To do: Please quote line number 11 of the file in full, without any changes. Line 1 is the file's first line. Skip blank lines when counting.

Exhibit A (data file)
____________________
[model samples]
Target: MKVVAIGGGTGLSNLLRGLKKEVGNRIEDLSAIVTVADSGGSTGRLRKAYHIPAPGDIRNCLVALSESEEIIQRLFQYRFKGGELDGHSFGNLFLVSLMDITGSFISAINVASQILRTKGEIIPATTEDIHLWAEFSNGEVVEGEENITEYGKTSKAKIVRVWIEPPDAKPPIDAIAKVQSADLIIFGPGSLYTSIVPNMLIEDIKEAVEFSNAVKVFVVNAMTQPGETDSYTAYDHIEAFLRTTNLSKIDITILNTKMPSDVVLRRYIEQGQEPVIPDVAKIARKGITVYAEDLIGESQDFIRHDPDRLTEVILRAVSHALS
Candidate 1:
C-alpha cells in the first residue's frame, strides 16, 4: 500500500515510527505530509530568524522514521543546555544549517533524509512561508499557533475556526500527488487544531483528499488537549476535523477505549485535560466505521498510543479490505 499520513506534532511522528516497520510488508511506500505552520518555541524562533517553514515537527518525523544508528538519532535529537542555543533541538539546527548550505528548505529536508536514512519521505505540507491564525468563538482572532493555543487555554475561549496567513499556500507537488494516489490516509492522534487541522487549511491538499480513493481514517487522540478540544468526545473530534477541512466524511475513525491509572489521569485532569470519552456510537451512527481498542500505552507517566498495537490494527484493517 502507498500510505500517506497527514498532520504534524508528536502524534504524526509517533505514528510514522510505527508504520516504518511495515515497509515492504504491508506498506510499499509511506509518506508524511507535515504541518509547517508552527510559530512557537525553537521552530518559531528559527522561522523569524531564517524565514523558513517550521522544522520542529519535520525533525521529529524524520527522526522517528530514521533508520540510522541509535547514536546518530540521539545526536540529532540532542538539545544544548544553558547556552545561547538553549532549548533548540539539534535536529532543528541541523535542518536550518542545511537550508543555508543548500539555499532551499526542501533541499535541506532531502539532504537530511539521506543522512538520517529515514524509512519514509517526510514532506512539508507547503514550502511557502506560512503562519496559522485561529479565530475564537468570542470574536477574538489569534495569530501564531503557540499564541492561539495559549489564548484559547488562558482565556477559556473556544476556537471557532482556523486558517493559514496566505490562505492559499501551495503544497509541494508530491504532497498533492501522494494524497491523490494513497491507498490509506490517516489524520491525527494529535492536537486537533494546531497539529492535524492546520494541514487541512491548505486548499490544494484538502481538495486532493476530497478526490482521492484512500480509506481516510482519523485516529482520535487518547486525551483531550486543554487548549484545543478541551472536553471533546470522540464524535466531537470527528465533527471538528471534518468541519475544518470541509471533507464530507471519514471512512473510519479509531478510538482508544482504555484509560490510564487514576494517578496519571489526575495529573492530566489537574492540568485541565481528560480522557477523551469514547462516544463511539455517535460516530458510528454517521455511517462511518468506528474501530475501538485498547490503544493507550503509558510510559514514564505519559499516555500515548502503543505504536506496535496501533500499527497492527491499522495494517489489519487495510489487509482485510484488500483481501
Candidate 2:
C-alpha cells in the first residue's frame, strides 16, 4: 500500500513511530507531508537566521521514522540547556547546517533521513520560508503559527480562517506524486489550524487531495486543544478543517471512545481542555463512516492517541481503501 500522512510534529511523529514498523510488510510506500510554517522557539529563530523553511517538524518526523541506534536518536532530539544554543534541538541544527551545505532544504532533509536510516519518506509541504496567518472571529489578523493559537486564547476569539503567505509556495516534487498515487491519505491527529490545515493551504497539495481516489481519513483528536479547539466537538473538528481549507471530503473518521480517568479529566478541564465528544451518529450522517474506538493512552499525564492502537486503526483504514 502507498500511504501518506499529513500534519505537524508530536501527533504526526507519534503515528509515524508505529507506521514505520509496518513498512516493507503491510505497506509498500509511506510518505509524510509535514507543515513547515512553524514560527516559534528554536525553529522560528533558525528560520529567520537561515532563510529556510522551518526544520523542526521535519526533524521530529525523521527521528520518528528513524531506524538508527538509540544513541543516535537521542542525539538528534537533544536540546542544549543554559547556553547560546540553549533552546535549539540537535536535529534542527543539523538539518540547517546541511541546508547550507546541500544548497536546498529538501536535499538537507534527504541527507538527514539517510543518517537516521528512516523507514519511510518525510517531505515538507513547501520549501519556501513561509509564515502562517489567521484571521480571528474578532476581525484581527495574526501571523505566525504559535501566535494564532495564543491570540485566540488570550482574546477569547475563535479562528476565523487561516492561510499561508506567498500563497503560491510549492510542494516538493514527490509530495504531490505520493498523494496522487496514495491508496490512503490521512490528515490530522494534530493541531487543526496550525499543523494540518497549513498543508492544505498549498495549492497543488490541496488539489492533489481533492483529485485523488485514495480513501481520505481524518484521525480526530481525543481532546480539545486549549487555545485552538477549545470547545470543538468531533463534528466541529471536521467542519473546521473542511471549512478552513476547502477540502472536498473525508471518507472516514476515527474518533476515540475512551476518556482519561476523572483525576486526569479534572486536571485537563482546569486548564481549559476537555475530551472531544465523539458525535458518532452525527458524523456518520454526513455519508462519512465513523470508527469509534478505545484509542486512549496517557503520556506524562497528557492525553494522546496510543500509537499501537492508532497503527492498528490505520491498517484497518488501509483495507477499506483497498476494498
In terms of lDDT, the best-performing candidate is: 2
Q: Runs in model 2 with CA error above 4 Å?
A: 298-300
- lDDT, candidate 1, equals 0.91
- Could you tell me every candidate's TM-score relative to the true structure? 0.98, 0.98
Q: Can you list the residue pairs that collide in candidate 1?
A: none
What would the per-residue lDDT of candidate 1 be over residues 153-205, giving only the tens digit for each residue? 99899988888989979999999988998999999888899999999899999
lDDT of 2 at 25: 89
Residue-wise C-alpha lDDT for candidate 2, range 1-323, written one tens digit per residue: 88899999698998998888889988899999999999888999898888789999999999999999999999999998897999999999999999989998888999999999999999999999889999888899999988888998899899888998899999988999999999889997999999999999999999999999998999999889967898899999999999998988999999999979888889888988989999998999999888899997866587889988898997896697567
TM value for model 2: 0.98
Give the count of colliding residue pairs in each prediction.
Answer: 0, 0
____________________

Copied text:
- Could you tell me every candidate's TM-score relative to the true structure? 0.98, 0.98